Skip to content
Join our Newsletter
Join our Newsletter

Feeding kids a full-time job for single mom of three

When you’re a single mom with three mouths to feed and a fixed income, finding food can be a full-time job in Victoria. “The majority of my week is set out to get food,” said Michelle Popoff, 43, who has three children, ages 18, 5 and 4.
VKA xmas fund 0037.jpg
Michelle Popoff — at the Mustard Seed Food Bank, where she goes for skill-building courses — is a single mother with three mouths to feed and a fixed income.

Christmas FundWhen you’re a single mom with three mouths to feed and a fixed income, finding food can be a full-time job in Victoria.

“The majority of my week is set out to get food,” said Michelle Popoff, 43, who has three children, ages 18, 5 and 4.

Although the eldest lives on his own, he frequently eats at mom’s. “Which is pretty normal for kid that age — I don’t mind,” she said.

After Popoff pays her rent and utilities, she has about $500 left from her $1,200-a-month social assistance for food and everything else. About half of her food money goes to her youngest son, who has autism and can only eat certain things, such as fresh fruit and a particular brand of yogurt.

“I almost never eat fruit. It goes to the kids if I can afford it. I’ll eat a can of beans. It’s amazing what you can do with that,” Popoff said.

When her youngest two are in school or morning pre-school, she gets down to business.

On Tuesday and Thursday mornings, she might head to the Quadra Village Community Centre for a bag of food.

“You have to get there early — there’s always a lineup,” she said, noting she’ll wait from 9 to 10:30 a.m. “Sometimes it’s a good-sized bag, sometimes not.”

On Wednesdays, she can check out the food cupboard at the Burnside Gorge Community Centre.

She’ll pick up bread at St. Vincent de Paul and if she can make it, on Tuesdays or Fridays, there’s the St. John the Divine Emergency Food Service, which allows clients to “shop” for small packages of staples such as canned goods, rice and pasta.

Then there’s the monthly family food hamper from the Mustard Seed Food Bank.

“Going out for dinner is out of the question for us. I can’t even remember the last time we went out for dinner,” said Popoff, who is incredibly upbeat, despite struggling to feed her family.

“I have to remind myself that this is just a moment in time, a phase and things will get better,” she said. “And I’m so grateful for what we have. Compared to many people in the world, we live like kings. Reminding myself of that helps me be happy.”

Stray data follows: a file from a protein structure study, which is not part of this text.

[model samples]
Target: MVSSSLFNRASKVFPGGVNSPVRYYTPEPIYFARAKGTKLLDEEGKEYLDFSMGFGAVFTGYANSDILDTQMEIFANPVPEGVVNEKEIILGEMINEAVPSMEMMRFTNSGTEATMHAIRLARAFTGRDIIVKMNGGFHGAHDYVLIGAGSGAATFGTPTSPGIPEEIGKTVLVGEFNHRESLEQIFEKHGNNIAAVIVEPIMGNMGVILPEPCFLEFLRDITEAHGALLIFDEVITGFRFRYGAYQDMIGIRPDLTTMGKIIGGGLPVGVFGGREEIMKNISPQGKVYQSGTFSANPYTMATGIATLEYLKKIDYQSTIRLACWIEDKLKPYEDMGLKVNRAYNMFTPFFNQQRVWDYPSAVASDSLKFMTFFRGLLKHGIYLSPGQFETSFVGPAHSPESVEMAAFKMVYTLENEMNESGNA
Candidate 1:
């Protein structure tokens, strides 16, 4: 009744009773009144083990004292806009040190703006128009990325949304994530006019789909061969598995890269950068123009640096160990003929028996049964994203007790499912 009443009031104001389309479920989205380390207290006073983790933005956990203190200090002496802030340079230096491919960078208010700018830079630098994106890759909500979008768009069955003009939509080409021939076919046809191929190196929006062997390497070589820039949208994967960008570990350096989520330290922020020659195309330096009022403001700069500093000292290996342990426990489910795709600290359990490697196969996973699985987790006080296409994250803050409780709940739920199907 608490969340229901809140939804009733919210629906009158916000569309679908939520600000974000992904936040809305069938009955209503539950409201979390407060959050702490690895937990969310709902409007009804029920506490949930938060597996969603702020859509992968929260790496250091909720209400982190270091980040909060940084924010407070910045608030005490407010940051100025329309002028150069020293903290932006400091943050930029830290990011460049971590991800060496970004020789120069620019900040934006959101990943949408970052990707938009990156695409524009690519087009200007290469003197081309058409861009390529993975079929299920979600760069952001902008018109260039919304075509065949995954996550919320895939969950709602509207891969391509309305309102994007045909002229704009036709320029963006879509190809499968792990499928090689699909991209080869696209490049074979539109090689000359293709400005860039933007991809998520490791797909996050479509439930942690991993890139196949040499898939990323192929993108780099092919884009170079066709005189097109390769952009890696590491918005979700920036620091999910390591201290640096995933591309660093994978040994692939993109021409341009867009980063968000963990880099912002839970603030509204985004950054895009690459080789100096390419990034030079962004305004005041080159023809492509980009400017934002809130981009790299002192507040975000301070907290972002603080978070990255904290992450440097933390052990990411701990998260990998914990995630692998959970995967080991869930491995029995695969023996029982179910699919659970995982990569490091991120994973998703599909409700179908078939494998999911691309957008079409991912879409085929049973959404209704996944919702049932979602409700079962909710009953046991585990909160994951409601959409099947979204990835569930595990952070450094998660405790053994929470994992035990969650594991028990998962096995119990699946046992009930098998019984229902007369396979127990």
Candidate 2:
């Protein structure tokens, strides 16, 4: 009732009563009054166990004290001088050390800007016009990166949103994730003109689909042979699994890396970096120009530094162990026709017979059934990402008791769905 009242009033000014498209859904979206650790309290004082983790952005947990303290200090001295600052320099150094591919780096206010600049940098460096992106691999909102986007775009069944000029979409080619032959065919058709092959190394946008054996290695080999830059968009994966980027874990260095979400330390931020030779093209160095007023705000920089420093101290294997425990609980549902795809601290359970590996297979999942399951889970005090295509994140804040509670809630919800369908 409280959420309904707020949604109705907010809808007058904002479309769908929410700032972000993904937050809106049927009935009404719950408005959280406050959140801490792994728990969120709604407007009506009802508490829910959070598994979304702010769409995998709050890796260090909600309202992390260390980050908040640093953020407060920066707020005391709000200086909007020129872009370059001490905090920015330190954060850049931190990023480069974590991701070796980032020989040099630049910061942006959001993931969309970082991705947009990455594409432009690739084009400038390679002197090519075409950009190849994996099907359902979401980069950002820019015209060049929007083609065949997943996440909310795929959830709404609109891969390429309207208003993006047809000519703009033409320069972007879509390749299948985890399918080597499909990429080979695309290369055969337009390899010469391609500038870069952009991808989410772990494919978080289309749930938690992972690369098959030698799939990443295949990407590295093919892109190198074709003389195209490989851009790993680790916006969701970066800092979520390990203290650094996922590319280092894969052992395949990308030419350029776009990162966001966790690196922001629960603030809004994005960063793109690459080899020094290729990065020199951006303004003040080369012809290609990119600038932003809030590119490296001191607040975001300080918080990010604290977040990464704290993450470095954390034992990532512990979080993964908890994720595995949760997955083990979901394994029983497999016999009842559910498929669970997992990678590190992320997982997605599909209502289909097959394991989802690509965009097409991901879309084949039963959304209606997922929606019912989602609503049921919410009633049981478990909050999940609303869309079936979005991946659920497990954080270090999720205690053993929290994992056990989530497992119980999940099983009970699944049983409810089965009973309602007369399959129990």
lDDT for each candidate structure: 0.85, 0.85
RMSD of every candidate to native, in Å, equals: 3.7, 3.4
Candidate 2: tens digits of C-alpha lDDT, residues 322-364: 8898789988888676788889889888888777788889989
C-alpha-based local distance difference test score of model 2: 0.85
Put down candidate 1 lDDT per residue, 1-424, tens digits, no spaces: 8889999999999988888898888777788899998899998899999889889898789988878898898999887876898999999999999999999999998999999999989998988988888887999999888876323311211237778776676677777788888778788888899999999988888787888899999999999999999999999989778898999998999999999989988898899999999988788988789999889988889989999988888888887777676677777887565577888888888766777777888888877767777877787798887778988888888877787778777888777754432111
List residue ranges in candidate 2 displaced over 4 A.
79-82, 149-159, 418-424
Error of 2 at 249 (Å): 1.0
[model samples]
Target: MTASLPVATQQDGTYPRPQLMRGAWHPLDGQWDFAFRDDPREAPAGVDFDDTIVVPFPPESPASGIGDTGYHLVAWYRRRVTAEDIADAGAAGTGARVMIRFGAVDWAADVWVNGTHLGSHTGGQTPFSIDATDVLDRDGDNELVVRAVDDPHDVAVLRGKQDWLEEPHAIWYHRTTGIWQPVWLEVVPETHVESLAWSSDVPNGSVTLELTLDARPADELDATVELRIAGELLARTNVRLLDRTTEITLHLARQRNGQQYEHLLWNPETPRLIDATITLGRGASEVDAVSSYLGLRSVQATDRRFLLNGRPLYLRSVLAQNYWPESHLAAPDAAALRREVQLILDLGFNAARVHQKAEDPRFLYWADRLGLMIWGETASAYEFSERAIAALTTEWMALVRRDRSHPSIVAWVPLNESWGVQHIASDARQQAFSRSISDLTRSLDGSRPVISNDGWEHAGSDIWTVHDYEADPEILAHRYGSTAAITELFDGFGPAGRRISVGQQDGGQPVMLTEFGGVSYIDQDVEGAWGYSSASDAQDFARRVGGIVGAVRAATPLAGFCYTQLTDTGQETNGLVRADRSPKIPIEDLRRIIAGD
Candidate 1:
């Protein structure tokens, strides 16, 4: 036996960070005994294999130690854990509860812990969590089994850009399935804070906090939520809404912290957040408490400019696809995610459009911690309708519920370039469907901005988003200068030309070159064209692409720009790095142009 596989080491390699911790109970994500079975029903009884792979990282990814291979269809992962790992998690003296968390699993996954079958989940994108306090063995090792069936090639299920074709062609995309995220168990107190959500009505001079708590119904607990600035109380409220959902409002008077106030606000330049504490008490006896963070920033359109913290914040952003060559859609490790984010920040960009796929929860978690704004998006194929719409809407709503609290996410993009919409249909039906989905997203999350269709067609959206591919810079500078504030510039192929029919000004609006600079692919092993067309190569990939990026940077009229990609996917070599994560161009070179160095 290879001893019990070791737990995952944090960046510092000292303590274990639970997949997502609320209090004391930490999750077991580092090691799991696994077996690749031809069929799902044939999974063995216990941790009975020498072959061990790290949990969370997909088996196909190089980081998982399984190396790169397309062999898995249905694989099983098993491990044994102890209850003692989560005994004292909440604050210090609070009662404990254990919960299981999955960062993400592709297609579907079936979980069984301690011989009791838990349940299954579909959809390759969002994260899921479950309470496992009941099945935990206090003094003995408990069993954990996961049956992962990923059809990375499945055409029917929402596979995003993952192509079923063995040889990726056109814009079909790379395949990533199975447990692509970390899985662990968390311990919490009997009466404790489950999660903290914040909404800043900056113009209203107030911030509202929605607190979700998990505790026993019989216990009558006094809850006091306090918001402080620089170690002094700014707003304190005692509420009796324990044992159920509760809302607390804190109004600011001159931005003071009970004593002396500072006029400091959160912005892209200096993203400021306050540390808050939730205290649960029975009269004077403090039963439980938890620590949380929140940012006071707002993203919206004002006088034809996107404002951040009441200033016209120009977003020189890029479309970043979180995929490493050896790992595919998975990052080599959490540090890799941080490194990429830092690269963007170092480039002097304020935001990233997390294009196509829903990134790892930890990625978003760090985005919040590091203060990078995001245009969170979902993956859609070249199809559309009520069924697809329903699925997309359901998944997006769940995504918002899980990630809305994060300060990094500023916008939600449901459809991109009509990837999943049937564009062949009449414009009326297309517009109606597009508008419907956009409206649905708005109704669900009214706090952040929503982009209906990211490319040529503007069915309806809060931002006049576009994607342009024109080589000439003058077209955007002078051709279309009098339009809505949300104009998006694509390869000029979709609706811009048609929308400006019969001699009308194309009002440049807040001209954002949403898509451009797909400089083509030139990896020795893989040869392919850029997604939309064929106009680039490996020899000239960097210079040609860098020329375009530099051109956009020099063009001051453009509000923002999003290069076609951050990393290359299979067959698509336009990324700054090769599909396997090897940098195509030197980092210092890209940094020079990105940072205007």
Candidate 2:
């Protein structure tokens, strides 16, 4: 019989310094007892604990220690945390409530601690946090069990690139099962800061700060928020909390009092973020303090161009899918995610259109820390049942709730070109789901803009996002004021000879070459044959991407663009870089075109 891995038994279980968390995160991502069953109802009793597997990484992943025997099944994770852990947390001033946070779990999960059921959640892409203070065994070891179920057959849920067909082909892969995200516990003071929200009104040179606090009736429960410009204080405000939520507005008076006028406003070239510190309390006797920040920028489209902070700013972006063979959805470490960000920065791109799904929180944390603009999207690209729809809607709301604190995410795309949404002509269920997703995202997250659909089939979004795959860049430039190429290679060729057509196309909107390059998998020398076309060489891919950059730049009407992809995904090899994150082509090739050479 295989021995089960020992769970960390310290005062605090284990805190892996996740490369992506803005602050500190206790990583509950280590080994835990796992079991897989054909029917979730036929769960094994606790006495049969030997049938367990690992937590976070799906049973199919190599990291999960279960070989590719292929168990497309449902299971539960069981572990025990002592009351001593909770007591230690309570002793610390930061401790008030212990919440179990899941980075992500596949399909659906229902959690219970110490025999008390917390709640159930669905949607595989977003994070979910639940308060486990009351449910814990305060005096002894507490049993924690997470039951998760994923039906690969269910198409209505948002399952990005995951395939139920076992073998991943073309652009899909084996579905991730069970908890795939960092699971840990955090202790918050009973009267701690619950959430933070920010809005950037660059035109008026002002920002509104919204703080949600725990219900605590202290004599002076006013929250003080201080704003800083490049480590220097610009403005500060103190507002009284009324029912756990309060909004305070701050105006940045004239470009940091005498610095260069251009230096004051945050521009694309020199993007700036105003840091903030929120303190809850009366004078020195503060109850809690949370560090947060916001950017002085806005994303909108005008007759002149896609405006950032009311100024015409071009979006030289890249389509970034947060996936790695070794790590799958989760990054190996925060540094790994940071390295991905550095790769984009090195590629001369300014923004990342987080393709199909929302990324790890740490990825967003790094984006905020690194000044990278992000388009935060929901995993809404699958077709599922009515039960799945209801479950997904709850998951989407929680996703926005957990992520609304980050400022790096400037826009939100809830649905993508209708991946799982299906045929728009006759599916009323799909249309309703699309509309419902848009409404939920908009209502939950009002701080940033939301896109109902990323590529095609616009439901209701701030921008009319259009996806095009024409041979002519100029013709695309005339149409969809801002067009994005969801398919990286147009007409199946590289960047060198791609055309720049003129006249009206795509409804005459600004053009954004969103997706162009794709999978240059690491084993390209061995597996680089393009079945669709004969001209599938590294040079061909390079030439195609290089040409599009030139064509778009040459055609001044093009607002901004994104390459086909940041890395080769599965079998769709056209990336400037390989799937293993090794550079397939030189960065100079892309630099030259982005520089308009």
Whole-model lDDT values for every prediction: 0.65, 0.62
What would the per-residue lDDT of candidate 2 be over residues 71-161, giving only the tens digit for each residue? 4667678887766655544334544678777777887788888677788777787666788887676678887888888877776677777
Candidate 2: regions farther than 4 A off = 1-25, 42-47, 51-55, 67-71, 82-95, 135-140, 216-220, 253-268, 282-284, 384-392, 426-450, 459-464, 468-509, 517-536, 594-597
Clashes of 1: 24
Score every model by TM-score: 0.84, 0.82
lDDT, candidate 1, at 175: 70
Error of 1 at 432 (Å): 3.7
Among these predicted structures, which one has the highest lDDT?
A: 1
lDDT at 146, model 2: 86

Popoff hasn’t always been so positive. When her relationship split up three years ago, she lost her house, her business and many of her middle-class friends. “I felt completely displaced,” she said, adding the shock of high rents in Victoria compounded the stress of finding a place to live.

A turning point came one day in the lineup at the Mustard Seed Food Bank. Popoff was asked if she’d be interested in checking out the family centre, which helps clients individually and through skill-building workshops.

“I remember thinking, ‘Who are these strangers who care so much about my life?’” she said. “They believed in me when I didn’t believe in myself.”

Popoff enrolled in the workshops at the Mustard Seed family centre, which cover everything from first aid to financial planning and life skills and employment training. She also participated in skills programs at Burnside-Gorge, Bridges for Women and Women in Need. Now she’s upgrading her high school and computer skills at Camosun College, with a plan to become a community resource co-ordinator.

“There are so many resources out there people are not aware of. I’d love to work at a neighbourhood house or community centre,” said Popoff, adding the resources she found through the Mustard Seed turned her life around. “I had no idea how to manage my money as well as I do now ... They gave me hope when I didn’t have it.”

In addition to its regular programs, the Mustard Seed helps hundreds of families and individuals each Christmas with holiday food hampers and home-cooked meals. This year, the Times Colonist will help support those efforts. You can help by donating to the Christmas Fund.

spetrescu@timescolonist.com

How to donate

It's quick and easy to donate online

Visit the Canada Helps website to make your donation online

http://www.canadahelps.org/CharityProfilePage.aspx?charityID=s63791

Phone: 250-995-4438

By mail or in person: 2621 Douglas St., Victoria, B.C. V8T 4M2

- See more at: http://www.timescolonist.com/donate-to-the-christmas-fund-and-help-those-in-need-1.20479#sthash.3Vu6g8Zx.dpuf

Visit the Canada Helps website to make your donation online

http://www.canadahelps.org/CharityProfilePage.aspx?charityID=s63791

Phone: 250-995-4438

By mail or in person: 2621 Douglas St., Victoria, B.C. V8T 4M2

Make cheques payable to "Times Colonist Christms Fund"